Paganism interests me on many levels. A mystiskeptic, poet, and wayward academic (oh, but to go to grad school!), the first thing I note is the symbolism in Pagan ritual. It’s a language itself, you see. Words are symbols, as most who study the humanities and social sciences are aware, having had this notion beaten into their skulls with thick heavy tomes until even the lumps are gone and the idea is one with the bone plates of the cranium. Like words, nothing in a Pagan ritual setting stands for itself alone. The metal silver is linked to the idea of water (which stands in for the concepts of emotion and intuition) and the moon (which means hidden things, intuition, and healing). Other objects with this item can temper or change or specify meanings: a pearl or a moonstone or a black ribbon can alter the notions bound up in “silver” as elegantly as any adjective can modify a noun. A ritual can read like a poem. The objects of ritual are phrases, sentences, clauses.
This is why it pleases me so, mystiskeptic, poet, and wayward academic, to fashion ritual implements. I’ve taken to shaping wands on the lathe, carefully selecting wooden words to sand down and show off the grain. I’ve taken to carefully searching out stones, like verbs, to affix to my creations. I’ve taken to embellishing them with metal and leather, prepositional pieces incidental to the whole, yet providing for naught but clarity.
Now, one has to get components for a wand somewhere. Unlike a spoken sentence, these pieces of meaning are not formed of breath. I went to purchase stones for my wand-making at a New Age-y shop down south of downtown. I was looking for moonstone to go with the melaleuca and the silver (melaleuca is part of the myrtle family, myrtles sacred to Aphrodite even as melaleucas are invasive trees in Florida, native instead to Australia; a sentence naming the moon, vanity, the ocean, love, and perhaps reconciliation from the heart), and as I was combing through the trays of stones for purchase, a sales person walked up behind me.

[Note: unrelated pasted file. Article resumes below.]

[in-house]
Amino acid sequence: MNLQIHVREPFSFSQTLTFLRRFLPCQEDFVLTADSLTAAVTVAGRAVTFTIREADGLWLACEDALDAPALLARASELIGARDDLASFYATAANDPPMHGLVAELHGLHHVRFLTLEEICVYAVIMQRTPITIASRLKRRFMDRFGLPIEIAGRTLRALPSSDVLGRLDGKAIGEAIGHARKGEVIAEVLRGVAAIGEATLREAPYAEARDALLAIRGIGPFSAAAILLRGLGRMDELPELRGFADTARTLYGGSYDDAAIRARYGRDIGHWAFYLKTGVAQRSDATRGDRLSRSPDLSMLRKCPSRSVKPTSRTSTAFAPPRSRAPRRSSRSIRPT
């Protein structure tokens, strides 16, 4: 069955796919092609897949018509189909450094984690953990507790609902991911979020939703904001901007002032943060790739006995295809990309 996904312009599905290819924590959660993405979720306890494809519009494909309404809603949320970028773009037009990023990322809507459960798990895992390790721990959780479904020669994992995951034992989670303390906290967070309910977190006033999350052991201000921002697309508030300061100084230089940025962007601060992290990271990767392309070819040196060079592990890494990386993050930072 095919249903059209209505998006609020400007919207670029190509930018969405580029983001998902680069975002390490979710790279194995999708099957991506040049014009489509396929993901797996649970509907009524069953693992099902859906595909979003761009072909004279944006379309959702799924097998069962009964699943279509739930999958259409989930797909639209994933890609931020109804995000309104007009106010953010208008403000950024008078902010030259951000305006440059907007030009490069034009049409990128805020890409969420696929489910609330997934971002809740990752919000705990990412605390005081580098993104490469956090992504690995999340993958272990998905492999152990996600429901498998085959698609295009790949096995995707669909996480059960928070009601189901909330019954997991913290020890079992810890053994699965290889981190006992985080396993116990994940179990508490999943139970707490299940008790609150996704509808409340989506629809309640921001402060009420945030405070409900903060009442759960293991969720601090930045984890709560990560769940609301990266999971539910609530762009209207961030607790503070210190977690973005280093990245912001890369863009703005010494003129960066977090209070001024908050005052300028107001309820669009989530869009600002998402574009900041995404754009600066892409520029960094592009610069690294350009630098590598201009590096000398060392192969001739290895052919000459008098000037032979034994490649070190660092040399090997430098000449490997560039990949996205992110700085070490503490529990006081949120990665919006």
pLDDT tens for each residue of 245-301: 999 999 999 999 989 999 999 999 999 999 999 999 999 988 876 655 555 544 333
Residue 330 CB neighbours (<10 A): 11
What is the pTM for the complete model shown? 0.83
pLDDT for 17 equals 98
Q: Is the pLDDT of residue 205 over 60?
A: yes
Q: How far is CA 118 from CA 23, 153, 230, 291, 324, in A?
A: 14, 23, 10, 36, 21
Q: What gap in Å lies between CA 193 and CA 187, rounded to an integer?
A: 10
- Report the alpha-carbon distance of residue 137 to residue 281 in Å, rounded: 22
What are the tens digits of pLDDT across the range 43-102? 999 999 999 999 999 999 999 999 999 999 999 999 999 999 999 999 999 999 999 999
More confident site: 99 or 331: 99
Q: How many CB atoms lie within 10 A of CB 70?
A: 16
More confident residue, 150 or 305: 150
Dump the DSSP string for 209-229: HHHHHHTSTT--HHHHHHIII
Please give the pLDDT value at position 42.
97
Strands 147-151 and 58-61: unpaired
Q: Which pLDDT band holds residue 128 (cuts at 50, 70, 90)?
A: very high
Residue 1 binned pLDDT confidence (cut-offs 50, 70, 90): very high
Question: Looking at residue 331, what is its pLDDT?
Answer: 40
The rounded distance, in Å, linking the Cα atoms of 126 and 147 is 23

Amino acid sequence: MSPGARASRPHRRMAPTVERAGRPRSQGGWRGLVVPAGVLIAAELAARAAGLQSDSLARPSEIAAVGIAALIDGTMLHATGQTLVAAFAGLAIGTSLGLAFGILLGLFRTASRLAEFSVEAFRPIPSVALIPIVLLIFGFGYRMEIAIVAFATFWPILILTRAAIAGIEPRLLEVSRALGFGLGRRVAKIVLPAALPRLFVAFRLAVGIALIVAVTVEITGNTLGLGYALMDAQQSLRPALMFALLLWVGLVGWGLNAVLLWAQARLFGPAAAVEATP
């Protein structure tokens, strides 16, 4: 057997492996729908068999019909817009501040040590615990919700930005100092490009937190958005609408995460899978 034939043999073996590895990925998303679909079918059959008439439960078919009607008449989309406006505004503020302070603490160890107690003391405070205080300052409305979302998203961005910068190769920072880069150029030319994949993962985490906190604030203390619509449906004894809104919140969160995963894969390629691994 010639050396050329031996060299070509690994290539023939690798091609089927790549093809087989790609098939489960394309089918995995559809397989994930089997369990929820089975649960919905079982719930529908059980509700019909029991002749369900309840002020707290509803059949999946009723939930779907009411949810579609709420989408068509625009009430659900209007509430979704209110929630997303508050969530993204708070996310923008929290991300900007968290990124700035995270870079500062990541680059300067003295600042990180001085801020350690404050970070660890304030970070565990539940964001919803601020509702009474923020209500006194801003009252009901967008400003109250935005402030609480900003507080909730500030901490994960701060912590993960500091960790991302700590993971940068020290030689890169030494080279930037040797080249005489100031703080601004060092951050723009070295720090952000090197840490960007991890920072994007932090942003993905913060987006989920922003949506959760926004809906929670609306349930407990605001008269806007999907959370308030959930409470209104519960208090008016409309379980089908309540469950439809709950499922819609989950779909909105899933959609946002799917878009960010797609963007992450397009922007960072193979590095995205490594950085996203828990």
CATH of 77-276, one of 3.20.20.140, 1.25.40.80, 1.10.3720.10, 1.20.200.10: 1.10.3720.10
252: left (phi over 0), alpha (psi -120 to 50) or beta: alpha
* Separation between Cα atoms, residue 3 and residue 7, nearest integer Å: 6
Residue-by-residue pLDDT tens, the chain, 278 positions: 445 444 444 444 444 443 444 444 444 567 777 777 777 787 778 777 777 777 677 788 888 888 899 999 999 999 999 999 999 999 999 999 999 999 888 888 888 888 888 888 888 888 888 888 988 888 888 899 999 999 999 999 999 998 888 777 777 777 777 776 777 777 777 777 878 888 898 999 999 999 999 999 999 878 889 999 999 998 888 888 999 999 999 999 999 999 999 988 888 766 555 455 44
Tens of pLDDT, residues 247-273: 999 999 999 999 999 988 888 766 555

“Can I help you with anything?”
“I was looking for some moonstone for a wand,” I indicated that I had already discovered the location of the mineral in question.
“You know, moonstone is a very good stone for women.”
A good stone for women? Women? Only women? What of my wand?
The stone, in a ritual, can mean any of the following: the moon, one’s intuition, healing, love, a trained and focused psychic ability, any other personal meaning that one attaches to it in one’s own complex system of signs and symbols… and it’s a good stone for women? If I attribute to moonstone the idea of lies and deception because it represents the moon, and because the tarot card The Moon is said by some to hold the meaning “secret hidden things,” then it is a good stone for women? Only women are associated with healing and love and intuition, thus it is a good stone for women? The moon is associated with a goddess, and goddesses are female, so it is a good stone for women?
Or is it, perhaps, that this sales person didn’t know a thing about the art of putting a sentence together? I suspect it was this last.